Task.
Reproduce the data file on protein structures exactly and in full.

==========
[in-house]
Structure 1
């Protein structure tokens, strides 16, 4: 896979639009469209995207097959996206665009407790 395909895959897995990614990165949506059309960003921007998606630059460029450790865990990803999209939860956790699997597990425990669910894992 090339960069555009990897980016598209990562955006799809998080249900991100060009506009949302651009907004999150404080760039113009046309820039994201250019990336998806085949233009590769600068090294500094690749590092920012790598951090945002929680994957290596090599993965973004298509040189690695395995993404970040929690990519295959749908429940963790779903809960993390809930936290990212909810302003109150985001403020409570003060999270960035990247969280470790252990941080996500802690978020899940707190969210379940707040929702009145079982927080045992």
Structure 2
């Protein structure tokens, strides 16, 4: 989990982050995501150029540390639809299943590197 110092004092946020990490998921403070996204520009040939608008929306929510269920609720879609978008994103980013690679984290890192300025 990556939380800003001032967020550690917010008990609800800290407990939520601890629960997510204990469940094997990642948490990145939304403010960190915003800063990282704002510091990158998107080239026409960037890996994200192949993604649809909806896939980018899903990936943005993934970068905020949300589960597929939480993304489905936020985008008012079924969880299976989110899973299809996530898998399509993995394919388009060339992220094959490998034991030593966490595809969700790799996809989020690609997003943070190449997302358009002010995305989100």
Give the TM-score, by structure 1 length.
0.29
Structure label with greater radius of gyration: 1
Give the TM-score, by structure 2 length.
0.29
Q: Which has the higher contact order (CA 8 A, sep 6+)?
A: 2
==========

[in-house]
Structure 1
């Protein structure tokens, strides 16, 4: 896979639009469209995207097959996206665009407790 395909895959897995990614990165949506059309960003921007998606630059460029450790865990990803999209939860956790699997597990425990669910894992 090339960069555009990897980016598209990562955006799809998080249900991100060009506009949302651009907004999150404080760039113009046309820039994201250019990336998806085949233009590769600068090294500094690749590092920012790598951090945002929680994957290596090599993965973004298509040189690695395995993404970040929690990519295959749908429940963790779903809960993390809930936290990212909810302003109150985001403020409570003060999270960035990247969280470790252990941080996500802690978020899940707190969210379940707040929702009145079982927080045992």
Structure 2
């Protein structure tokens, strides 16, 4: 989990982050995501150029540390639809299943590197 110092004092946020990490998921403070996204520009040939608008929306929510269920609720879609978008994103980013690679984290890192300025 990556939380800003001032967020550690917010008990609800800290407990939520601890629960997510204990469940094997990642948490990145939304403010960190915003800063990282704002510091990158998107080239026409960037890996994200192949993604649809909806896939980018899903990936943005993934970068905020949300589960597929939480993304489905936020985008008012079924969880299976989110899973299809996530898998399509993995394919388009060339992220094959490998034991030593966490595809969700790799996809989020690609997003943070190449997302358009002010995305989100």
Give the TM-score, by structure 1 length.
0.29
Structure label with greater radius of gyration: 1
Give the TM-score, by structure 2 length.
0.29
Q: Which has the higher contact order (CA 8 A, sep 6+)?
A: 2